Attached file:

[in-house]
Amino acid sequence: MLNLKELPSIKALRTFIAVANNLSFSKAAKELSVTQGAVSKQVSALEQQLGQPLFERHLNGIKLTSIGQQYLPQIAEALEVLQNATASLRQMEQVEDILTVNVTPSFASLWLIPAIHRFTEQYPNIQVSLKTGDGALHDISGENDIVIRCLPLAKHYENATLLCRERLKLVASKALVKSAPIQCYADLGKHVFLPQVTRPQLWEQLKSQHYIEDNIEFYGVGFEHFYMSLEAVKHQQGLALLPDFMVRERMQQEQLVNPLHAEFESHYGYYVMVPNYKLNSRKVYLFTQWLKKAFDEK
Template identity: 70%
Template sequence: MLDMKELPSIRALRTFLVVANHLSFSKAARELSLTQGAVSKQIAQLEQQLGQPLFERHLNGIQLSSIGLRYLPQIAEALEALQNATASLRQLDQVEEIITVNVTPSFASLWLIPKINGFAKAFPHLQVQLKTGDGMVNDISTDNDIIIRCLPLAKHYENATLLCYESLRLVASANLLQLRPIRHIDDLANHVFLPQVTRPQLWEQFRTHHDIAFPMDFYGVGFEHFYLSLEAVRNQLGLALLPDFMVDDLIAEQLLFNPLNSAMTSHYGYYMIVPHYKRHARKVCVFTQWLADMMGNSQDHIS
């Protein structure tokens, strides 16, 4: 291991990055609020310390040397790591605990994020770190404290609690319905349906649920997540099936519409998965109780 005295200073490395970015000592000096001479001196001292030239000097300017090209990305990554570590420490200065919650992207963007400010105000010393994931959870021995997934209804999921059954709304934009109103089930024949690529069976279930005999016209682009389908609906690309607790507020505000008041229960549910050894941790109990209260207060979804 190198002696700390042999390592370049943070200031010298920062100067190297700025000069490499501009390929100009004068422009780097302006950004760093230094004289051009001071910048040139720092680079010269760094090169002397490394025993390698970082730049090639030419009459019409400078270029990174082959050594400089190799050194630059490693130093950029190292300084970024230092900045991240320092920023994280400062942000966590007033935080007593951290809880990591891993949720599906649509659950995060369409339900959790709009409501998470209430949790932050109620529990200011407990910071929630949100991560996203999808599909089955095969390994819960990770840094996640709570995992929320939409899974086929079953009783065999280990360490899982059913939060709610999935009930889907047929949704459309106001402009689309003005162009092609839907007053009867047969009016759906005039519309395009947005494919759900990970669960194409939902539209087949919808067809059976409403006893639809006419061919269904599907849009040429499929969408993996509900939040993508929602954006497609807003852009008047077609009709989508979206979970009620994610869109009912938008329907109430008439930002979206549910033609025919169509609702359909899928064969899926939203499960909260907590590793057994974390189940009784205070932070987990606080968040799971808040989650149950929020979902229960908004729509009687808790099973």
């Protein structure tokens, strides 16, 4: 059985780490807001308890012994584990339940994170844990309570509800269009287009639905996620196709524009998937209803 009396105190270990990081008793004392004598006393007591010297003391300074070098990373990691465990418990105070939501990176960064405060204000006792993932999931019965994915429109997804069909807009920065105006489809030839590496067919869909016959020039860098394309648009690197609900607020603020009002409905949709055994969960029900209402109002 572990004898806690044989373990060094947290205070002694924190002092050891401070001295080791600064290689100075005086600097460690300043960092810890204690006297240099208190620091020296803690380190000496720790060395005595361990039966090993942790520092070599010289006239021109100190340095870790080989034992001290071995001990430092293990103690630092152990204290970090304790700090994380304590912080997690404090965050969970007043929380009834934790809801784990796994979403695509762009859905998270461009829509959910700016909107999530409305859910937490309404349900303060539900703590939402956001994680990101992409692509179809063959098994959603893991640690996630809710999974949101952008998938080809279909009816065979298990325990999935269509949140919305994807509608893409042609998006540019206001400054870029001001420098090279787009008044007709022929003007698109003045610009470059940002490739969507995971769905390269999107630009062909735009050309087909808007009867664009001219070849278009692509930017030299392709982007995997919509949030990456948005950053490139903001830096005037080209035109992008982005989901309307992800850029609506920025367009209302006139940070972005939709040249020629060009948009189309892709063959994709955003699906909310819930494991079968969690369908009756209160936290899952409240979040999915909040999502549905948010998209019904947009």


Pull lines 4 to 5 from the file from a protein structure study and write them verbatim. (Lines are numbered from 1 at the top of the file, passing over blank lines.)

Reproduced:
Template sequence: MLDMKELPSIRALRTFLVVANHLSFSKAARELSLTQGAVSKQIAQLEQQLGQPLFERHLNGIQLSSIGLRYLPQIAEALEALQNATASLRQLDQVEEIITVNVTPSFASLWLIPKINGFAKAFPHLQVQLKTGDGMVNDISTDNDIIIRCLPLAKHYENATLLCYESLRLVASANLLQLRPIRHIDDLANHVFLPQVTRPQLWEQFRTHHDIAFPMDFYGVGFEHFYLSLEAVRNQLGLALLPDFMVDDLIAEQLLFNPLNSAMTSHYGYYMIVPHYKRHARKVCVFTQWLADMMGNSQDHIS
């Protein structure tokens, strides 16, 4: 291991990055609020310390040397790591605990994020770190404290609690319905349906649920997540099936519409998965109780 005295200073490395970015000592000096001479001196001292030239000097300017090209990305990554570590420490200065919650992207963007400010105000010393994931959870021995997934209804999921059954709304934009109103089930024949690529069976279930005999016209682009389908609906690309607790507020505000008041229960549910050894941790109990209260207060979804 190198002696700390042999390592370049943070200031010298920062100067190297700025000069490499501009390929100009004068422009780097302006950004760093230094004289051009001071910048040139720092680079010269760094090169002397490394025993390698970082730049090639030419009459019409400078270029990174082959050594400089190799050194630059490693130093950029190292300084970024230092900045991240320092920023994280400062942000966590007033935080007593951290809880990591891993949720599906649509659950995060369409339900959790709009409501998470209430949790932050109620529990200011407990910071929630949100991560996203999808599909089955095969390994819960990770840094996640709570995992929320939409899974086929079953009783065999280990360490899982059913939060709610999935009930889907047929949704459309106001402009689309003005162009092609839907007053009867047969009016759906005039519309395009947005494919759900990970669960194409939902539209087949919808067809059976409403006893639809006419061919269904599907849009040429499929969408993996509900939040993508929602954006497609807003852009008047077609009709989508979206979970009620994610869109009912938008329907109430008439930002979206549910033609025919169509609702359909899928064969899926939203499960909260907590590793057994974390189940009784205070932070987990606080968040799971808040989650149950929020979902229960908004729509009687808790099973």